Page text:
Open Season (PG)



Family (2006)
86mins US

Starring: Martin Lawrence, Ashton Kutcher, Debra Messing, Billy Connolly
Director: Jill Culton, Anthony Stacchi, Roger Allers
Listings: London | Rest of UK and Ireland

Friendly park ranger Beth lives in a close-knit mountainside town with her best friend, a grizzly bear called Boog, who is domesticated enough to sleep in the garage. Following an ill-fated night on the tiles with a wise-cracking deer called Elliott, Boog is reluctantly released back into the wild where he must fend for himself. Unfortunately, hunting season has just begun in earnest, and hunters travel from far and wide to shoot the local wildlife. Elliott and Boog become unlikely buddies in an effort to stay alive, enlisting the help of the other animals to keep the gun-toting hunters at bay.

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LondonNet Film Review

Open Season

Open Season

Aside from Pixar's computer animated automobiles, 2006 has been the year of talking animals, from Ice Age 2: The Meltdown and The Wild to Over The Hedge, Garfield 2 and Ant Bully. Open Season continues the disappointing trend, contriving an inter-species buddy movie during hunting season in a picturesque forest town.

While the visuals are colourful and the pace exceedingly brisk, the screenplay lacks humour and emotion. Not once do the writers, Steven Bencich, Ron J. Friedman and Nat Maudlin, attempt to get beneath the pelts of their four-legged characters. Director Roger Allers previously helmed the Oscar-winning Lion King but his new film is no king of the jungle, and the inexperience of co-directors Jill Culton and Anthony Stacchi, both making their debuts, certainly shows. Forest ranger Beth (voiced by Debra Messing) lives in the close-knit community of Timberline with her best friend, a grizzly bear called Boog (Martin Lawrence), who is domesticated and sleeps in the garage with his teddy bear Dinkelman.

The locals adore Boog, so too do the tourists who flock to watch the 900lb bear ride a unicycle as part of the Wild Life Show hosted by Beth in the nearby amphitheatre. The only person who harbours any ill feelings towards Boog is sadistic hunter Shaw (Gary Sinise), who would gladly mount the bear's head on his wall, given half a chance. Sheriff Gordy (Gordon Tootoosis) constantly reminds Beth that her beloved Boog is a wild animal and must one day be released back into the forest.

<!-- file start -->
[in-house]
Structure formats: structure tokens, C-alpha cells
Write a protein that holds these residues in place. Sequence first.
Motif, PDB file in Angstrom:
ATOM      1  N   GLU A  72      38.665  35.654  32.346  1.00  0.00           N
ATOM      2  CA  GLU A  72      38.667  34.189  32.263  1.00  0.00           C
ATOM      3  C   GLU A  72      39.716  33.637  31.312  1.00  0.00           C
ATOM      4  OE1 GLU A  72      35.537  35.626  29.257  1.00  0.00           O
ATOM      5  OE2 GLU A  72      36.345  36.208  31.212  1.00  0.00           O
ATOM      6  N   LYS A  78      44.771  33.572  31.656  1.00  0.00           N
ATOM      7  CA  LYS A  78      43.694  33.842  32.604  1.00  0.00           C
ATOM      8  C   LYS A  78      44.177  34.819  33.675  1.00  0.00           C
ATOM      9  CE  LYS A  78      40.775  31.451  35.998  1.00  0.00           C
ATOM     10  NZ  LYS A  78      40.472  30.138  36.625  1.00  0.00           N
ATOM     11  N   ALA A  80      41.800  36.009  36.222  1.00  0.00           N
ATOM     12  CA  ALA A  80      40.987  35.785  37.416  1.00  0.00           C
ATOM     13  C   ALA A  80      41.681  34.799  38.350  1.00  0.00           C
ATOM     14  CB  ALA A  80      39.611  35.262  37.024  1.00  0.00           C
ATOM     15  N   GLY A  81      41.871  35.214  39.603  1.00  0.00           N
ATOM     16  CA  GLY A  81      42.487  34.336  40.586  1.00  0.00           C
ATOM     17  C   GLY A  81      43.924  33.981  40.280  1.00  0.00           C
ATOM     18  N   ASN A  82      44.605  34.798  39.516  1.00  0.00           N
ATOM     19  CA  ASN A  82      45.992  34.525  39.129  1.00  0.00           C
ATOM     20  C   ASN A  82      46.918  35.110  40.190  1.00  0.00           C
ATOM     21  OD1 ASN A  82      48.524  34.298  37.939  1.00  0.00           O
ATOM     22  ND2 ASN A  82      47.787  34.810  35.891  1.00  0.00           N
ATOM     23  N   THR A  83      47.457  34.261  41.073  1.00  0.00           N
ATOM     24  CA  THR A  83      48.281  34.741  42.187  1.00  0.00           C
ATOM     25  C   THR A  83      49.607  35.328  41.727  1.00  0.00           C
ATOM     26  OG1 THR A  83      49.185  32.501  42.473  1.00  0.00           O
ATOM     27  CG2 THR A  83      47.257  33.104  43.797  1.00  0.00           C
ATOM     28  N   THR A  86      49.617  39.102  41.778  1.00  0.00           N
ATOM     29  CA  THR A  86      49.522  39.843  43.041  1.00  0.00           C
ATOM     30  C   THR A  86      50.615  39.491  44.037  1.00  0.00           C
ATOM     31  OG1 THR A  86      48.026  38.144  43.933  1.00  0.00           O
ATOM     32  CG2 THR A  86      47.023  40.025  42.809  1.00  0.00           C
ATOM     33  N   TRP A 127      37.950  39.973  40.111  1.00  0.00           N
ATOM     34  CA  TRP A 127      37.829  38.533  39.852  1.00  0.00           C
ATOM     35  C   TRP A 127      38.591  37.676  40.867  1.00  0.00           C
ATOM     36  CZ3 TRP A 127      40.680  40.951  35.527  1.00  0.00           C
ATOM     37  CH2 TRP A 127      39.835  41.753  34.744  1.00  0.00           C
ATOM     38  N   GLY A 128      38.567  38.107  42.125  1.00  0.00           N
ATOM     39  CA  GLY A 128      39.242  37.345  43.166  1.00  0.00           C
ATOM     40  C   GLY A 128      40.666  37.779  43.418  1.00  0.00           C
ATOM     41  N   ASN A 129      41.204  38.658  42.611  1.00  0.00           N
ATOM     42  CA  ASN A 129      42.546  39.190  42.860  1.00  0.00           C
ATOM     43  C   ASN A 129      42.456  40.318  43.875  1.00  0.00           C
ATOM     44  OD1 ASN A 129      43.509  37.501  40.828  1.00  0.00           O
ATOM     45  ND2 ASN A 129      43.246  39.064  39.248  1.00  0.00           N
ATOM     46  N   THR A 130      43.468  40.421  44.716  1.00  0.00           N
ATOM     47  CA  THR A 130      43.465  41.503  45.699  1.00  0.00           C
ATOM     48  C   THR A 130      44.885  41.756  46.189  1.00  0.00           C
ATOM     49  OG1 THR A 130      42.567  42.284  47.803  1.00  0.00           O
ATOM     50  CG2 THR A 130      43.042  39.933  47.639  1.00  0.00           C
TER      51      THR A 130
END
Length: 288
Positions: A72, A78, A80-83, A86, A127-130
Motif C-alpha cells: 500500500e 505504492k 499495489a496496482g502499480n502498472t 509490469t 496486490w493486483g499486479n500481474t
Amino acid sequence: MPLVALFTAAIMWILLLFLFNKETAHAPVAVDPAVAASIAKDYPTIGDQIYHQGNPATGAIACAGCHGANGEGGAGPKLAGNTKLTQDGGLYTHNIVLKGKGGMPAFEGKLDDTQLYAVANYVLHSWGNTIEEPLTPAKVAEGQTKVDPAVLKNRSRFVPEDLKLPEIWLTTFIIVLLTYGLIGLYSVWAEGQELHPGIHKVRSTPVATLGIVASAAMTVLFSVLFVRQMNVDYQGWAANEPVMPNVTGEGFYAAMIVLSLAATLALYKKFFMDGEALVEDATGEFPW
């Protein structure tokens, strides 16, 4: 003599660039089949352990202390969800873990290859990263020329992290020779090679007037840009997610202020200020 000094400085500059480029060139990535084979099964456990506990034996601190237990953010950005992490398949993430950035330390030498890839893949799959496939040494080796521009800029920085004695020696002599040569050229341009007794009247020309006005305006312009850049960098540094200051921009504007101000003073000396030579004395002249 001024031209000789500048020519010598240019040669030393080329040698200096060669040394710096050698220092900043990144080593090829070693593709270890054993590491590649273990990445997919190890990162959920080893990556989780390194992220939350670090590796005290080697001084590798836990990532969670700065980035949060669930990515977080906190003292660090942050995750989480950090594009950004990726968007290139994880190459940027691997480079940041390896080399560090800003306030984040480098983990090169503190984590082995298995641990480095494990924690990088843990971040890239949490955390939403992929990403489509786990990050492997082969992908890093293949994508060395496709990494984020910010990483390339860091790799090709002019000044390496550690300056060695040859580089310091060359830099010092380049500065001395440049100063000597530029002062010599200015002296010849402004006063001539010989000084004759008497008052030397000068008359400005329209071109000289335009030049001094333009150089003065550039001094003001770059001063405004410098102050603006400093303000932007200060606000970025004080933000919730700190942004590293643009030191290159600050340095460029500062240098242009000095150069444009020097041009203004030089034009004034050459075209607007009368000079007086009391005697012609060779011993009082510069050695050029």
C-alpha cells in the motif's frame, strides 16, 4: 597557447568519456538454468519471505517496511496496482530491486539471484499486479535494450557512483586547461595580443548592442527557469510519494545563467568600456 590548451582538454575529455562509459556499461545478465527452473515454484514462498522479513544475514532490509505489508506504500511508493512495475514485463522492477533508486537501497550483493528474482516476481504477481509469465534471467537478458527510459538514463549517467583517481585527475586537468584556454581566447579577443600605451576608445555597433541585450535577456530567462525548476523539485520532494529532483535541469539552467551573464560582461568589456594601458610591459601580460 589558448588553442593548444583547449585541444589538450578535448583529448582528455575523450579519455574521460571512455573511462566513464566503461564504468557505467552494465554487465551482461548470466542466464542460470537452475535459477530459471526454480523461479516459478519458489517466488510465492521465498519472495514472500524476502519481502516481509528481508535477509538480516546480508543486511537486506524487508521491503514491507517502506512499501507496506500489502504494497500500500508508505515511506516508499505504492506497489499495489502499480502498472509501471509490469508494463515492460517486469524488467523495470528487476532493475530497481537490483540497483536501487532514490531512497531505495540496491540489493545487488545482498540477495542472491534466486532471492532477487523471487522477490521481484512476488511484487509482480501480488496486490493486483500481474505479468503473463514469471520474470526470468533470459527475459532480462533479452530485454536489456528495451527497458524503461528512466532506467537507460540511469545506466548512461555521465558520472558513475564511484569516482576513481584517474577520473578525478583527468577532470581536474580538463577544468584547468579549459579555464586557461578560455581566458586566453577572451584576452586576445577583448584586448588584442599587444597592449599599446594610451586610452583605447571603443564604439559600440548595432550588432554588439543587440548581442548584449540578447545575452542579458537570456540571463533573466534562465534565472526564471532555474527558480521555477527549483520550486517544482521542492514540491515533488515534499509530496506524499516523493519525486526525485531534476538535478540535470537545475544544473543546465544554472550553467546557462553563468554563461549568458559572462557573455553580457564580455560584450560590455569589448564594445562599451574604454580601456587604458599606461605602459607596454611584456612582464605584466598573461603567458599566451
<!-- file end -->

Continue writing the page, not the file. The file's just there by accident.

"The longer you leave it, the harder it will be for him to adapt, and the harder it will be for you to let go," says Gordy tenderly. Following an ill-fated night on the tiles with a wise-cracking mule deer called Elliot (Ashton Kutcher), Boog is reluctantly released back into the wild where he must fend for himself. Unfortunately, hunting season has just begun in earnest, and hunters travel from far and wide to shoot the local wildlife. Elliot and Boog become unlikely buddies in an effort to stay alive, enlisting the help of the other animals - including McSquizzy the deranged squirrel (Billy Connolly), head beaver Reilly (Jon Favreau) and a beautiful doe called Giselle (Jane Krakowski) - to keep the gun-toting hunters at bay.

"When I'm a bear skin rug, they can walk all over me, but until then, I'm gonna fight!" growls Boog and so begins the war between nature and mankind. Open Season cannot lasso a single laugh. The jokes are an embarrassment, like when Elliot loses one of his antlers and quips, "half doe, half buck - I'm a duck!" Lawrence and Kutcher's vocal performances certainly don't lack energy but they are on a hiding to nothing with the misfiring screenplay. Sinise's chief villain poses no threat whatsoever. In this computer animated comedy, the great outdoors is anything but.


- Heather Von Bourne


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